Telecom equipment maker Alcatel-Lucent will part ways with its chief executive after making a loss of €1.37 billion in 2012.
The poor performance has been blamed on lower sales in Europe and China and a writedown of its wireless and optics businesses and CEO Ben Verwaayen has said the company needed a new leader to complete its turnaround when his mandate ends in May.
The group, which was formed in a merger in 2006, said it would look for a successor internally and externally, and gave no timetable for the appointment.
"If you look at the task at hand, it is focused on execution," said Mr Verwaayen. "Looking in the mirror, I felt maybe that's not my natural strength, and maybe it will be good for the company to get fresh perspective."
Since arriving in September 2008, Verwaayen has been unable to deliver on his pledge to return the group to "normal", with steady cash flow and profit.
Its stock has lost 70 per cent since then, destroying about €7 billion in market capitalisation and knocking it out of the French blue-chip index. The European technology index was flat over the same period.
The company's shares were up 7.8 per cent at 0908 GMT today, however, as Verwaayen's departure opened the door to more drastic restructuring of the group.
Alexander Peterc, analyst at Exane BNParibas, said: "Verwaayen's track record has been at best mixed: the group is still posting losses, its position in the market has been eroded, and revenues have shrunk.
He added: "The shareholder can only welcome the arrival of a new CEO to shake things up."
Peterc said Verwaayen had not gone far enough on cost cuts and asset sales, compared with competitor Nokia-Siemens Networks (NSN), which laid off a quarter of its staff and sold off large chunks of the business to get back to profitability last quarter.
Even after Verwaayen trimmed the product portfolio and pushed through several rounds of lay-offs, the group remains hobbled by its smaller size and higher proportional cost base relative to rivals Ericsson, China's Huawei and NSN.
Outside the United States, Alcatel has small market share in mobile and has not kept pace with new radio antenna technology now sold by Ericsson and Huawei.
The group's fragility was laid bare last year when telecom operators cut back on spending on network gear as the global economic downturn dragged on, forcing Alcatel back into the red after its first annual profit in 2011 since its merger.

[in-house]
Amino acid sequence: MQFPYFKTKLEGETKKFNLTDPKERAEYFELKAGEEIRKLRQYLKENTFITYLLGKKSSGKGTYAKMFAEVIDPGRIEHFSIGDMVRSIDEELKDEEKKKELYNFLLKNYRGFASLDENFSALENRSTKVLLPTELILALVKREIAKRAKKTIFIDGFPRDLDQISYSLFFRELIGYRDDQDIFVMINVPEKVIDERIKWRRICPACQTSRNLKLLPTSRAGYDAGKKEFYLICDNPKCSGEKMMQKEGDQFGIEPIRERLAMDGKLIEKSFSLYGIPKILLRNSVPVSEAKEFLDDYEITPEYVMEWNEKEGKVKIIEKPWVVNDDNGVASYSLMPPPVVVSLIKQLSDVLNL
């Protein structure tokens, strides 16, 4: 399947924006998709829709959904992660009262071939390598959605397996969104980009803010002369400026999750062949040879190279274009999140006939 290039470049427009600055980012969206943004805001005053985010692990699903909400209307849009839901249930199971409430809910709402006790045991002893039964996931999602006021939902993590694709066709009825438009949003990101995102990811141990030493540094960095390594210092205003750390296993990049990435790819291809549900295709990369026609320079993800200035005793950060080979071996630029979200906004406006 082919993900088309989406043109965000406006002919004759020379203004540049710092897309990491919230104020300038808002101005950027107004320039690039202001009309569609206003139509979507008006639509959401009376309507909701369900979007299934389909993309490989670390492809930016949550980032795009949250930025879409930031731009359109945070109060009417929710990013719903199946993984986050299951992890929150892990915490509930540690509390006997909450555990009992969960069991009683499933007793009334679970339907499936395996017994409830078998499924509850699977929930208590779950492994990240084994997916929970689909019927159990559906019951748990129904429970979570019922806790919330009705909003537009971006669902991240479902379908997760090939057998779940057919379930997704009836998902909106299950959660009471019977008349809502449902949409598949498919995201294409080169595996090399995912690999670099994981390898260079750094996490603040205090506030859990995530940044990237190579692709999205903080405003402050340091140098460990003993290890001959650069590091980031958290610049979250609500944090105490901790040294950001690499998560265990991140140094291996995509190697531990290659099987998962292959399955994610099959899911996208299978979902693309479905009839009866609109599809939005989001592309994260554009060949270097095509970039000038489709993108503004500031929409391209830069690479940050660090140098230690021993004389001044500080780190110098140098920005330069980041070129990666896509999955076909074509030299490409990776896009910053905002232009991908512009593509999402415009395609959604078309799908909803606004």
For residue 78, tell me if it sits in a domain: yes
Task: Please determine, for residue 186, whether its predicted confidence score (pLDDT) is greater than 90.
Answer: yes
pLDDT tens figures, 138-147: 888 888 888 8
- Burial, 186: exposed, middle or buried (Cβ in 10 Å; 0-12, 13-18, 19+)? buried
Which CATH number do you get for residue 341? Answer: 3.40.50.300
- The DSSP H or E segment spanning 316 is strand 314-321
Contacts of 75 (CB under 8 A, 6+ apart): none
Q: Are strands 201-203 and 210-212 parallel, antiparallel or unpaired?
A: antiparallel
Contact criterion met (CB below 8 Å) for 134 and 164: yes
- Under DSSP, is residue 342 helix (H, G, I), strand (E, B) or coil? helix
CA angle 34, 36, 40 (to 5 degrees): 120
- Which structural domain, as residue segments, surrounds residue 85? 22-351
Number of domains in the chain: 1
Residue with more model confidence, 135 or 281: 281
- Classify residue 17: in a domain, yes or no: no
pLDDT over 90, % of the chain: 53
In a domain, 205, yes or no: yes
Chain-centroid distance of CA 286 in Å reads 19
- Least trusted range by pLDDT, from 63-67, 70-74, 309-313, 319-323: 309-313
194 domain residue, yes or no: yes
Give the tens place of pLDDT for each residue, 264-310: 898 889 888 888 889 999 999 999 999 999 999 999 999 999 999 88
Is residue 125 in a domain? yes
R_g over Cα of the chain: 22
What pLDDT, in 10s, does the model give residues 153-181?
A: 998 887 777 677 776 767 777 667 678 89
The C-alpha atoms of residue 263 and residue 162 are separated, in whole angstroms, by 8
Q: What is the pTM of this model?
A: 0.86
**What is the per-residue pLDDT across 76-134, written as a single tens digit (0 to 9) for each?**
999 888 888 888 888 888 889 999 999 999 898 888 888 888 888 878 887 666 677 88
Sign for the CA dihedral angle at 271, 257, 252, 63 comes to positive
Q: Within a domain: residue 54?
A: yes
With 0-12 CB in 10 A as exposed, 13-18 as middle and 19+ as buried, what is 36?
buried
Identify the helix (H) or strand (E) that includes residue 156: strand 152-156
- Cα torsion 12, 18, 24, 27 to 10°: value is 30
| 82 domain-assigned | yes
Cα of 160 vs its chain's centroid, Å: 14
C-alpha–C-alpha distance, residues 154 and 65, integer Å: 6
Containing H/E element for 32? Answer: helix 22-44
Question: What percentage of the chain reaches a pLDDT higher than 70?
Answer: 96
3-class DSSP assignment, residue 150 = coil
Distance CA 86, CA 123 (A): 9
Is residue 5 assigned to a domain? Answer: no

Sales fell 5.7 per cent to €14.45 billion last year and the group's annual adjusted operating profit was €117 million, giving it a margin of 2.9 per cent, far below the 5 to 9 per cent margins Verwaayen had once promised.
It burned through €679 million in cash for the year and in the fourth quarter, usually the strongest for telecom gear groups, sales fell 1.3 per cent from a year earlier to €4.1 billion as strong U.S. growth was swallowed by weakness in Europe and Asia.
The company's net loss stemmed largely from a writedown of €1.4 billion "related to the depreciation of goodwill and fixed assets, and the corresponding impact on deferred tax".
Chief Financial Officer Paul Tufano said the charge was linked to the lower value of its wireless and optics businesses.
But Alcatel is likely to get some help from an expected uptick in spending on telco equipment by global carriers this year, with market research group Gartner forecasting sales of network equipment will rise 2.3 per cent to $79 billion in 2013, after falling 6.6 per cent to $77.3 billion last year.
Verwaayen told a conference call that a rebound in spending by operators in China and continued strength in the United States would lead to higher sales of equipment this year.
Shares in Alcatel have risen nearly 30 per cent this year, helped by a €2 billion financing package that the company sealed in January, reassuring investors about its balance-sheet strength.
But to get the loans, Alcatel had to pledge its portfolio of 29,000 patents and its U.S. unit as collateral, in a sign of lenders' worries about the group's future.
The refinancing deal has given Alcatel-Lucent some breathing space to try to repair its problems, analysts said, a task that will now fall to the next chief executive.